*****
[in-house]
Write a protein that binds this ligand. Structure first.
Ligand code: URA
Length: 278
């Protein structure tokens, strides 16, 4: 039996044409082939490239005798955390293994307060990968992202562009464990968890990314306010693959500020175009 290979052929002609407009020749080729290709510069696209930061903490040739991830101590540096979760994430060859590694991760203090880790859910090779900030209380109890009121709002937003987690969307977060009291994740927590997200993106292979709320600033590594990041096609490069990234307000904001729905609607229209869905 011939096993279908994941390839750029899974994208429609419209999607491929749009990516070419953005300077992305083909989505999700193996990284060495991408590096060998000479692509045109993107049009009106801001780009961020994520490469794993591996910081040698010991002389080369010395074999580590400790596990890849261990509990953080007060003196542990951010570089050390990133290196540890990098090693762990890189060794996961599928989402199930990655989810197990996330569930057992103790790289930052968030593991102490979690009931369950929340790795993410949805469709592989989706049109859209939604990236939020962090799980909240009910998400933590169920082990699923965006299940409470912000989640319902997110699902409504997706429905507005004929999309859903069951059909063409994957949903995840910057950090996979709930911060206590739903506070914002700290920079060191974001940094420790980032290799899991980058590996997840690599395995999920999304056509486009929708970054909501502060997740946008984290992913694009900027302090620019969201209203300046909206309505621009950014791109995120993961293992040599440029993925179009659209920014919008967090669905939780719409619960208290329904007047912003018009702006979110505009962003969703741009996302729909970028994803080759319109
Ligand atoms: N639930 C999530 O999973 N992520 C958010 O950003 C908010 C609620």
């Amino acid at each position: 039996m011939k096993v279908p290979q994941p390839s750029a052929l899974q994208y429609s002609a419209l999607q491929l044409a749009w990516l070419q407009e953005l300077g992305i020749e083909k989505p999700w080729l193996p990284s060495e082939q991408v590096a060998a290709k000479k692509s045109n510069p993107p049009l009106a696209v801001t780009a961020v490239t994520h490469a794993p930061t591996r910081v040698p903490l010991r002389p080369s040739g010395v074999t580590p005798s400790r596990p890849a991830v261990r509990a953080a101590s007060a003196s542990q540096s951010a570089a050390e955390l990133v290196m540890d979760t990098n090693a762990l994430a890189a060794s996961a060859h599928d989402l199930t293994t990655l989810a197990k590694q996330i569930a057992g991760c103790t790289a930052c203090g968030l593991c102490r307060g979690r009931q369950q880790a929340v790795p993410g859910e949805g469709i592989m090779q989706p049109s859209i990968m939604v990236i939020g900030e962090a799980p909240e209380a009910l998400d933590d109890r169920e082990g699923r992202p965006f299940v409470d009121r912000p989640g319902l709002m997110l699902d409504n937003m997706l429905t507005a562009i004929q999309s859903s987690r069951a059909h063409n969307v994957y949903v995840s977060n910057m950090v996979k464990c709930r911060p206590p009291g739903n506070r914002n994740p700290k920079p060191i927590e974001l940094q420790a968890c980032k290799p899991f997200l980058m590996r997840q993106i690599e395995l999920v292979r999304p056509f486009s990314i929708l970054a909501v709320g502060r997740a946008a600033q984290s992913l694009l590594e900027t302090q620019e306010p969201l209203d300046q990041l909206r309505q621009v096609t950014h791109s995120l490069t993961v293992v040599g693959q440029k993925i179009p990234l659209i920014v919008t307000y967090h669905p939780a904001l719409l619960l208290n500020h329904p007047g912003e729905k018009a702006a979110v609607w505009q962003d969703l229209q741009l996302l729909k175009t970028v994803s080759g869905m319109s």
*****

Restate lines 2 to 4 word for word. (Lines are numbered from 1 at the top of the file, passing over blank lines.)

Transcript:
Write a protein that binds this ligand. Structure first.
Ligand code: URA
Length: 278